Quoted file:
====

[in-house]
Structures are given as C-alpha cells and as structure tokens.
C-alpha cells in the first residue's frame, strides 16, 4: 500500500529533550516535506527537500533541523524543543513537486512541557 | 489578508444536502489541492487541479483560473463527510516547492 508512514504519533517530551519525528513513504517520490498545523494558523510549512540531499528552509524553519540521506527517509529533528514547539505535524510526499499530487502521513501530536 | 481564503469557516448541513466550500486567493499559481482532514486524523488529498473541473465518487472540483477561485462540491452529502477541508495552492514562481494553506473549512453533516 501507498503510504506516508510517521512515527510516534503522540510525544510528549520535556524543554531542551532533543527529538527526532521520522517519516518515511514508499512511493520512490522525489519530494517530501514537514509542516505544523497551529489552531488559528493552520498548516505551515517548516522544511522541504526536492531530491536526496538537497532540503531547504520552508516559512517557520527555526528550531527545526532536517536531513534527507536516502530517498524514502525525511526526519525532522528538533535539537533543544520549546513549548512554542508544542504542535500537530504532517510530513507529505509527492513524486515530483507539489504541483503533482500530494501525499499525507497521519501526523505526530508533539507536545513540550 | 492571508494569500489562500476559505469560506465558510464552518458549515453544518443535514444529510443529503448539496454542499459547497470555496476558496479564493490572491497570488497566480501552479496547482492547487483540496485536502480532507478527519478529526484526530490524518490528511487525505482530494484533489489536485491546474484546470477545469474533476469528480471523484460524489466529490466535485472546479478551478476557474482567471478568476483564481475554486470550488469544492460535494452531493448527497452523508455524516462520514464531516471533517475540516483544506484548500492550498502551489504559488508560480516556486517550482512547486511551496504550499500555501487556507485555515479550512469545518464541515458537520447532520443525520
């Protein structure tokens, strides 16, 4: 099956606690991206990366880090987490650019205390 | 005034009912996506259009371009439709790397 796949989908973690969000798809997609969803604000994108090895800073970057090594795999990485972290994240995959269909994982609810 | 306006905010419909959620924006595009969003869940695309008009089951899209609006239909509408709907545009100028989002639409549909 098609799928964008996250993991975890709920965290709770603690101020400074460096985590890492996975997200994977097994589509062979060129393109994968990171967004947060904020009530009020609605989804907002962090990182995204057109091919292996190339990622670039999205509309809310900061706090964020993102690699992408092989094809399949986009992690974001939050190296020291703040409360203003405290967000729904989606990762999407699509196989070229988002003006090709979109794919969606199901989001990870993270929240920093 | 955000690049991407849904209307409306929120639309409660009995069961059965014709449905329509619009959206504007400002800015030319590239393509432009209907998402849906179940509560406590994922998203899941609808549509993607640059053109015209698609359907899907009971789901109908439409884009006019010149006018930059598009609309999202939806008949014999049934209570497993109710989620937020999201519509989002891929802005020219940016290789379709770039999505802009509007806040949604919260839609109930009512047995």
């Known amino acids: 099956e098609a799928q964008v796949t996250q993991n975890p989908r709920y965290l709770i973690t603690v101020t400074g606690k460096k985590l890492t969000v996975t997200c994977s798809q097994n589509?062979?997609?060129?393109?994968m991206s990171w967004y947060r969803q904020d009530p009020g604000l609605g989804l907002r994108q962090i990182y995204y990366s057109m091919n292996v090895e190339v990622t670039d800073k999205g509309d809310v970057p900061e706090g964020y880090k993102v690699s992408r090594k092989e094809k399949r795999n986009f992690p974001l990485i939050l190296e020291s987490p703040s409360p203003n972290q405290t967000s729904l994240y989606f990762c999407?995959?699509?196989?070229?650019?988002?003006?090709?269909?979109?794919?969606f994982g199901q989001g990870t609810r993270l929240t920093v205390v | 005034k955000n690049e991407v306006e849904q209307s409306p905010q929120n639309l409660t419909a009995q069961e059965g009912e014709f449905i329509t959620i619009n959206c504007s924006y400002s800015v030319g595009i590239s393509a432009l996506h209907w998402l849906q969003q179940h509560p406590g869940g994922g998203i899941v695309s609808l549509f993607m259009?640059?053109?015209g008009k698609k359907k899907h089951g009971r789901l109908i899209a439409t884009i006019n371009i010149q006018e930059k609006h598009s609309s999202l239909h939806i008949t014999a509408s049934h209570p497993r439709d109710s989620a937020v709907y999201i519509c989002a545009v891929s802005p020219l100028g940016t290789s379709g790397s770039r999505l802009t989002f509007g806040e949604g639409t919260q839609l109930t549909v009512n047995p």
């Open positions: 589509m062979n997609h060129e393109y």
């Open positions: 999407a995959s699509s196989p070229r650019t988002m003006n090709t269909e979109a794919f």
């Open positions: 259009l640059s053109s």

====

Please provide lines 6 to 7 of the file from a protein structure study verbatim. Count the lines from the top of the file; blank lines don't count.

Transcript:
């Open positions: 589509m062979n997609h060129e393109y």
């Open positions: 999407a995959s699509s196989p070229r650019t988002m003006n090709t269909e979109a794919f």